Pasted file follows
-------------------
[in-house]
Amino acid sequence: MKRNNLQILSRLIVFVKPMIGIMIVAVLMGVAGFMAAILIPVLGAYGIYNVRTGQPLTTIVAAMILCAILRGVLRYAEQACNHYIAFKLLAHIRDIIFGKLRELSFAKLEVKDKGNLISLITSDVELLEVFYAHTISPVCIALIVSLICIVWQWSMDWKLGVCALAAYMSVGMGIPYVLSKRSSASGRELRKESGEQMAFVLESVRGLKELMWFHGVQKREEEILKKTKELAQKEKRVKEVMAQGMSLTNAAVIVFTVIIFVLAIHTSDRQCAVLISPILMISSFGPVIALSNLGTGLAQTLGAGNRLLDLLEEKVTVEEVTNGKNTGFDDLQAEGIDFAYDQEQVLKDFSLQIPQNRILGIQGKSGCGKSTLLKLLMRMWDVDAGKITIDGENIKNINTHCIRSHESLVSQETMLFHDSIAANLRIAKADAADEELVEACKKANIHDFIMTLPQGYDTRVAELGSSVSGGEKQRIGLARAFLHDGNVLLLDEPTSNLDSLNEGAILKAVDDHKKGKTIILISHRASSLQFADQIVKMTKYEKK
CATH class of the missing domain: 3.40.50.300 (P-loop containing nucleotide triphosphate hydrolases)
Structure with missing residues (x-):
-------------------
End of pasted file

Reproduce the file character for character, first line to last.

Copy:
[in-house]
Amino acid sequence: MKRNNLQILSRLIVFVKPMIGIMIVAVLMGVAGFMAAILIPVLGAYGIYNVRTGQPLTTIVAAMILCAILRGVLRYAEQACNHYIAFKLLAHIRDIIFGKLRELSFAKLEVKDKGNLISLITSDVELLEVFYAHTISPVCIALIVSLICIVWQWSMDWKLGVCALAAYMSVGMGIPYVLSKRSSASGRELRKESGEQMAFVLESVRGLKELMWFHGVQKREEEILKKTKELAQKEKRVKEVMAQGMSLTNAAVIVFTVIIFVLAIHTSDRQCAVLISPILMISSFGPVIALSNLGTGLAQTLGAGNRLLDLLEEKVTVEEVTNGKNTGFDDLQAEGIDFAYDQEQVLKDFSLQIPQNRILGIQGKSGCGKSTLLKLLMRMWDVDAGKITIDGENIKNINTHCIRSHESLVSQETMLFHDSIAANLRIAKADAADEELVEACKKANIHDFIMTLPQGYDTRVAELGSSVSGGEKQRIGLARAFLHDGNVLLLDEPTSNLDSLNEGAILKAVDDHKKGKTIILISHRASSLQFADQIVKMTKYEKK
CATH class of the missing domain: 3.40.50.300 (P-loop containing nucleotide triphosphate hydrolases)
Structure with missing residues (x-):